Perfect! Thanks @johnmyleswhite . I love the fact that Kent Pitman discouraged FExpr almost my lifetime ago. I have nothing but huge respect for him and imho he is clearly correct. It’s not just the
@ although having an indicator of macros is super helpful. It’s that nonstandard evaluation simply can not be analyzed by reading the code (since it depends on the runtime value of arguments).
This has been a fascinating thread and slide deck to read. I’m primarily an R user (applied econometrics and data science) who is also pretty jazzed about a lot of the features that Julia has to offer. So, I’d like to offer some thoughts coming from that background.
It’s already been mentioned above, but the documentation across many Julia packages remains really quite poor. There are some important exceptions to this (e.g. DataFrames.jl is excellent), but it includes some key packages in the DS/econometrics stack and is extremely off-putting for new users. I would focus on fixing documentation before addressing any of the more abstract issues (e.g. row vs column orientation). As an aside, documentation in R was also quite poor and esoteric until about five years ago. Stata users would always point that out to me as a reason for not switching, despite other obvious advantages. I personally think some of the tidyverse benefits are oversold — compared to say, data.table — but the tidyverse and RStudio team definitely deserve plaudits for moving the needle forward here for the R ecosystem as a whole.
Missing values. I understand the technical barriers and conceptual breakthroughs that were needed to handle missing values in a general purpose framework. I see a lot of Julia devs quite pushy and pleased with themselves about this. But from a user perspective, missing values in Julia were real PITA when I first started experimenting with its DS ecosystem. Code that worked fine in any of the other major DS languages would fail in Julia because of an obscure missing values issue that needed to be handled explicitly. Maybe this has been sorted out since, but it ties in to my previous point about documentation. Missing values are the norm in any real world dataset and yet to find out the necessary fix I had to consult the main Julia manual instead of (a) just having the package handle it for me, or (b) having an explicit example in the package README/docs.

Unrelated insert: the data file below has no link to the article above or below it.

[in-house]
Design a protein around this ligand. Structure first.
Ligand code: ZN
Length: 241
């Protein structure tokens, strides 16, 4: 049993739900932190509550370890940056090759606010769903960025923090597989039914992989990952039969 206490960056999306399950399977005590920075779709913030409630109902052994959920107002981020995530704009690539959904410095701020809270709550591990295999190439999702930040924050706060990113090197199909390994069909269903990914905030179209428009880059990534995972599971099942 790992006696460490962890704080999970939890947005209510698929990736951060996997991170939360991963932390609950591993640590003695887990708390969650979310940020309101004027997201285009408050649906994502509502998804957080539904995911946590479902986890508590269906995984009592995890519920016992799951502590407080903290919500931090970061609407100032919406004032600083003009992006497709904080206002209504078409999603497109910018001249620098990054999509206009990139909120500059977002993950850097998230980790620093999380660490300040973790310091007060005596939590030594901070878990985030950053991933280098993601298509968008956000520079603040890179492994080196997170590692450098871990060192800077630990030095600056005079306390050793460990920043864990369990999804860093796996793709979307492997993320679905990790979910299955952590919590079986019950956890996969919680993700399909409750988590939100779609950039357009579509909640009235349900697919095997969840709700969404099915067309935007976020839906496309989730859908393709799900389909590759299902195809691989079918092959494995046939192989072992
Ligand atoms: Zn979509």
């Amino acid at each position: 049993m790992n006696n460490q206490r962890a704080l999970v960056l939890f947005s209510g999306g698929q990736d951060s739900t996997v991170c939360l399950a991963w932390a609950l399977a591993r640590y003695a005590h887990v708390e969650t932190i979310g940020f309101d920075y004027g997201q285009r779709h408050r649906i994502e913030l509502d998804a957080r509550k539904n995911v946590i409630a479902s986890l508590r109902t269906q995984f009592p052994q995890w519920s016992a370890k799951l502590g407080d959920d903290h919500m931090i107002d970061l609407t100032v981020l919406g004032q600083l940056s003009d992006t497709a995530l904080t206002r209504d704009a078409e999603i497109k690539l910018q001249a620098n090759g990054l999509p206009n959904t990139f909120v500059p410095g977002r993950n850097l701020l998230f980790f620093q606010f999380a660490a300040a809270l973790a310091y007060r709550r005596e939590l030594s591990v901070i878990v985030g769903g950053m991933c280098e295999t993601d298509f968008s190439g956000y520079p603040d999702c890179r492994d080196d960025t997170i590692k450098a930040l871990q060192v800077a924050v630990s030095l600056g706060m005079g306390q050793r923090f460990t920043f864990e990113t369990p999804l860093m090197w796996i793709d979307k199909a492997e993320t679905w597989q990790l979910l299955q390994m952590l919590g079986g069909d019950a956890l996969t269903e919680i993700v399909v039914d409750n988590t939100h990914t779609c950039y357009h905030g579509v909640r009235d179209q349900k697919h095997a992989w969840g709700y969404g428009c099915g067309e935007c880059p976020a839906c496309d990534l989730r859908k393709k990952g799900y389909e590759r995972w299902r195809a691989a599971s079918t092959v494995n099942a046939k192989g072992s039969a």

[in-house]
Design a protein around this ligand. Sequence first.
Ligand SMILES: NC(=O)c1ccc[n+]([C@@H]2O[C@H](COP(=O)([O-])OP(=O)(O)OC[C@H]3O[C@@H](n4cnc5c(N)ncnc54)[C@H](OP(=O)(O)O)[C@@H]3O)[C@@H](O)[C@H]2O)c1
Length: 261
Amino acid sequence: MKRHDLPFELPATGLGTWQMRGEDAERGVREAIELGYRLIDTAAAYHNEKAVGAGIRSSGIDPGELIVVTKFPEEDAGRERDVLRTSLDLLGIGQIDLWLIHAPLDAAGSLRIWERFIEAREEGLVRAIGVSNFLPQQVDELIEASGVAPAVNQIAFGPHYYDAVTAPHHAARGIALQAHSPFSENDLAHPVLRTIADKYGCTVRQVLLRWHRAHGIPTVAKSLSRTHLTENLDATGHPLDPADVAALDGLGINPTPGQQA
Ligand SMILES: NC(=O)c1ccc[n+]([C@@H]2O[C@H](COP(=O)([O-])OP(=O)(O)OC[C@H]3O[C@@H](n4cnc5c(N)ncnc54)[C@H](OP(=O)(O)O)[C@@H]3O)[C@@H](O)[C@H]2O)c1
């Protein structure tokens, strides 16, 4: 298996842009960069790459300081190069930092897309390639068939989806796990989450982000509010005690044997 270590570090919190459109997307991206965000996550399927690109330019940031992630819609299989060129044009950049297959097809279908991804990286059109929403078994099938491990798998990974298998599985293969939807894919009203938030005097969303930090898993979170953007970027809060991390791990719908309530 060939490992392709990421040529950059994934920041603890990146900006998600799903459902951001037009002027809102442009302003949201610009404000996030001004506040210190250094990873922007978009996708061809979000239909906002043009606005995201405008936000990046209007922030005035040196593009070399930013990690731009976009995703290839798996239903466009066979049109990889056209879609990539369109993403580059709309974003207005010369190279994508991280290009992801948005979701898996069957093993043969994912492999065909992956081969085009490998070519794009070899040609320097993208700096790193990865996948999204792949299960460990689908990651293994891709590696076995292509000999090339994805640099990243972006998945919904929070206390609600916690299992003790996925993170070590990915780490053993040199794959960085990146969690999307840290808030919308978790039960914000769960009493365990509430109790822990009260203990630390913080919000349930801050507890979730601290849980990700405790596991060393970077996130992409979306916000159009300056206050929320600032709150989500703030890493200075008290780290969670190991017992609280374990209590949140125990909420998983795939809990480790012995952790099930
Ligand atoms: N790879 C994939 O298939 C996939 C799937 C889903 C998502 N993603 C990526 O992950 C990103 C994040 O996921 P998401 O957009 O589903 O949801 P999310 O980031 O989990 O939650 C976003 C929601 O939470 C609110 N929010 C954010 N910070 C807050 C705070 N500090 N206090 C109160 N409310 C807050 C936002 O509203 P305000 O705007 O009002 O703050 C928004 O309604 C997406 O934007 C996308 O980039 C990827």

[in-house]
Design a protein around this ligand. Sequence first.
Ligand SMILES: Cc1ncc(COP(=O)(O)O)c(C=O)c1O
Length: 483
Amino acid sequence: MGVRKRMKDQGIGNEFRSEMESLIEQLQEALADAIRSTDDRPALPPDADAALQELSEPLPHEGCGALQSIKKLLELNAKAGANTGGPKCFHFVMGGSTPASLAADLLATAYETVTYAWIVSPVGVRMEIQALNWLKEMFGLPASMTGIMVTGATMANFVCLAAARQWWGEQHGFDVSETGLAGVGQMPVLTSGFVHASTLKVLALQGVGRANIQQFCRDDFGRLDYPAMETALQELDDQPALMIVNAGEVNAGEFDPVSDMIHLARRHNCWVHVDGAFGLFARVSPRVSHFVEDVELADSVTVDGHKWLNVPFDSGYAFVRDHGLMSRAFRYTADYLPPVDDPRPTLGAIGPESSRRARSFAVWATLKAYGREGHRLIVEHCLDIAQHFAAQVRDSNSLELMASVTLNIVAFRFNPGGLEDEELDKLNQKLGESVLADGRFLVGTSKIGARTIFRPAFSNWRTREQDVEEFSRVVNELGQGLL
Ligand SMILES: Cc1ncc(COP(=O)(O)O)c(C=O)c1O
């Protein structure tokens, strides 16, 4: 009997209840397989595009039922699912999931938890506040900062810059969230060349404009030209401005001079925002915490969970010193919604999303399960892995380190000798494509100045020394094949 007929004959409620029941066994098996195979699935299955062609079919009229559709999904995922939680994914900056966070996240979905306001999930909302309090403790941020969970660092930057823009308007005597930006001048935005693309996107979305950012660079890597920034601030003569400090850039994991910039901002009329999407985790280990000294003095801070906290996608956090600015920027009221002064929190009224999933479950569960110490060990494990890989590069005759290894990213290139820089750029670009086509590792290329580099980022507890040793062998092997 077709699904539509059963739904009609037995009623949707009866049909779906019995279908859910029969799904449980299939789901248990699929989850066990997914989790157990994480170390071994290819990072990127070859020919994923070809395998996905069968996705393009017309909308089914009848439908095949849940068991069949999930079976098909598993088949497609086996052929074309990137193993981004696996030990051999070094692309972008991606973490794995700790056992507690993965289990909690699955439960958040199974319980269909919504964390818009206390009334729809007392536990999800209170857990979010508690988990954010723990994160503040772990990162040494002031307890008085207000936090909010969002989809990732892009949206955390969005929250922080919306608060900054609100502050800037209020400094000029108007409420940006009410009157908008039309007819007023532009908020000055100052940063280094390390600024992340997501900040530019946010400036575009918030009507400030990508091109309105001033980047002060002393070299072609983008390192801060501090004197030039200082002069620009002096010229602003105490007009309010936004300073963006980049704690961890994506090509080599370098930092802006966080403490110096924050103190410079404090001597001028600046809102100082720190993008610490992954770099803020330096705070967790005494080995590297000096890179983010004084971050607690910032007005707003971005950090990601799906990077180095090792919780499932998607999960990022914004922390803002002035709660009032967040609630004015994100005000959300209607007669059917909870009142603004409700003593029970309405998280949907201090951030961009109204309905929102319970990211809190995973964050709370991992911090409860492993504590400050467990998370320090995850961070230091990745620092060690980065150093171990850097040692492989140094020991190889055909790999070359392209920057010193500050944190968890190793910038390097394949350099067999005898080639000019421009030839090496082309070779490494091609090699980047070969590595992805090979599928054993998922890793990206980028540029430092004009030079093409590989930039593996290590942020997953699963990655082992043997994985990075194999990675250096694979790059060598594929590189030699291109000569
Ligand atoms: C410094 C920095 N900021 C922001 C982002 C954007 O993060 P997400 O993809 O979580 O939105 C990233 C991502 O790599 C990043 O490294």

R has been able to overcome a fairly fragmented ecosystem and multiple OO paradigms — indeed, arguably actively exploit them — through a few key packages that provide standardization methods across model classes. To highlight two that make a big difference in my everyday workflow: 1) broom provides “tidiers” for extracting consistent model summaries and goodness-of-fit information in data.frame format. 2) sandwich provides variance-covariance matrix methods that make it easy to adjust standard errors for almost any model class (a big deal in econometrics). Packages like these lead to outsize downstream benefits, since e.g. it makes it easy(ier) to create packages for exporting regression tables and coefficient plots regardless of model object (which is what the also excellent modelsummary package does). I had hoped something similar could be done fairly easily in Julia because of multiple dispatch and would love to see it, regardless.
Earlier it was remarked that GLM.jl doesn’t offer anything beyond what can be done in equivalent routines in other languages. But for me this is a feature not a bug! Wherever possible, I want exactly the same interface and results as I’ve come to experience in, say, R. I agree, however, that precompiling canned routines (which I thought was done by default in Julia 1.6?) is important to avoid sluggish TTFP/first-time performance. Speaking of which…
Personally, my immediate motivation for using Julia in a project is for some bespoke computation (e.g. a structural estimation). If I’m being brutally honest, there’s no gain to be had from switching out my applied econometrics stuff for which the canned routines in R (via C and Fortran) are already at maximum performance and coverage. And… that’s fine. The interoperability between these languages is good enough that it’s no problem for me to switch between them for any one particular task. Taking a step back, I often find myself opening up Julia just to play around. It’s just an incredibly fun and performant language to work in. (Congratulations and thanks to everyone involved!) I’m particularly excited about the ease of GPU integration going forward. That stuff is much easier in Julia than R or Python and I think could be a real source of comparative advantage in the years to come.
Unfortunately I have to agree. This post tries to summarize the most important patterns that can be used to handle
missing values in practice.
Still - it is very difficult to handle them consistently in all cases. Interested readers can comment in this PR, where we are discussing with @nalimilan what is a preferred result of